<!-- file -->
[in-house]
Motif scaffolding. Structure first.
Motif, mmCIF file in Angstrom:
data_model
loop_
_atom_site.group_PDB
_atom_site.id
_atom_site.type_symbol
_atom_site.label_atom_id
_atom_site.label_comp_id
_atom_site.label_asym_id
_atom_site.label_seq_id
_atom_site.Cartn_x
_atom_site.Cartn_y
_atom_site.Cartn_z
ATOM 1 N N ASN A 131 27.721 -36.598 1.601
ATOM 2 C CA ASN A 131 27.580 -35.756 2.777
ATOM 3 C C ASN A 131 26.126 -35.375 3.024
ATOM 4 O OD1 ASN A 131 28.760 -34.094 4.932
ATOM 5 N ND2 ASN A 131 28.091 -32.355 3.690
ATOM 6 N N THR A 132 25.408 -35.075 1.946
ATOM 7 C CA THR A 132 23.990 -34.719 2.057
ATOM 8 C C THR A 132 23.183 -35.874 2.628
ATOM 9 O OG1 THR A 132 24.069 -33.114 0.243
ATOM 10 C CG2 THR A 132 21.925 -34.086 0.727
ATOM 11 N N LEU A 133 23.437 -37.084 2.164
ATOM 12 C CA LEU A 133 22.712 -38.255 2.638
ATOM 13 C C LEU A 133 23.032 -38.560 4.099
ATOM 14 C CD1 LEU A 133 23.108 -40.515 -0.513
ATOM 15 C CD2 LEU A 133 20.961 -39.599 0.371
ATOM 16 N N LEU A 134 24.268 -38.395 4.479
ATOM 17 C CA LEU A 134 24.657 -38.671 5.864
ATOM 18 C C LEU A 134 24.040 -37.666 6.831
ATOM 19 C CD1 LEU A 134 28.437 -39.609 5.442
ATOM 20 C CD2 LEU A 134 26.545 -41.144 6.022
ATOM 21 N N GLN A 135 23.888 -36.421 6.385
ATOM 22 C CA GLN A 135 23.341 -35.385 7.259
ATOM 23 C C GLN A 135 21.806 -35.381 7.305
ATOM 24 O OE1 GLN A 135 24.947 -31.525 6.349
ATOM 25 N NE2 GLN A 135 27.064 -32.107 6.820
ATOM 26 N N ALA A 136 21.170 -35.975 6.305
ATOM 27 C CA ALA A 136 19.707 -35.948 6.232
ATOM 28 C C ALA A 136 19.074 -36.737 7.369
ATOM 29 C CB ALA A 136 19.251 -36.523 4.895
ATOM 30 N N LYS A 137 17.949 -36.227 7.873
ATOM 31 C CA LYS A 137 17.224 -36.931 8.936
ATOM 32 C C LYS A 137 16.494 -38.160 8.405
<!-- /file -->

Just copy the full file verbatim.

[in-house]
Motif scaffolding. Structure first.
Motif, mmCIF file in Angstrom:
data_model
loop_
_atom_site.group_PDB
_atom_site.id
_atom_site.type_symbol
_atom_site.label_atom_id
_atom_site.label_comp_id
_atom_site.label_asym_id
_atom_site.label_seq_id
_atom_site.Cartn_x
_atom_site.Cartn_y
_atom_site.Cartn_z
ATOM 1 N N ASN A 131 27.721 -36.598 1.601
ATOM 2 C CA ASN A 131 27.580 -35.756 2.777
ATOM 3 C C ASN A 131 26.126 -35.375 3.024
ATOM 4 O OD1 ASN A 131 28.760 -34.094 4.932
ATOM 5 N ND2 ASN A 131 28.091 -32.355 3.690
ATOM 6 N N THR A 132 25.408 -35.075 1.946
ATOM 7 C CA THR A 132 23.990 -34.719 2.057
ATOM 8 C C THR A 132 23.183 -35.874 2.628
ATOM 9 O OG1 THR A 132 24.069 -33.114 0.243
ATOM 10 C CG2 THR A 132 21.925 -34.086 0.727
ATOM 11 N N LEU A 133 23.437 -37.084 2.164
ATOM 12 C CA LEU A 133 22.712 -38.255 2.638
ATOM 13 C C LEU A 133 23.032 -38.560 4.099
ATOM 14 C CD1 LEU A 133 23.108 -40.515 -0.513
ATOM 15 C CD2 LEU A 133 20.961 -39.599 0.371
ATOM 16 N N LEU A 134 24.268 -38.395 4.479
ATOM 17 C CA LEU A 134 24.657 -38.671 5.864
ATOM 18 C C LEU A 134 24.040 -37.666 6.831
ATOM 19 C CD1 LEU A 134 28.437 -39.609 5.442
ATOM 20 C CD2 LEU A 134 26.545 -41.144 6.022
ATOM 21 N N GLN A 135 23.888 -36.421 6.385
ATOM 22 C CA GLN A 135 23.341 -35.385 7.259
ATOM 23 C C GLN A 135 21.806 -35.381 7.305
ATOM 24 O OE1 GLN A 135 24.947 -31.525 6.349
ATOM 25 N NE2 GLN A 135 27.064 -32.107 6.820
ATOM 26 N N ALA A 136 21.170 -35.975 6.305
ATOM 27 C CA ALA A 136 19.707 -35.948 6.232
ATOM 28 C C ALA A 136 19.074 -36.737 7.369
ATOM 29 C CB ALA A 136 19.251 -36.523 4.895
ATOM 30 N N LYS A 137 17.949 -36.227 7.873
ATOM 31 C CA LYS A 137 17.224 -36.931 8.936
ATOM 32 C C LYS A 137 16.494 -38.160 8.405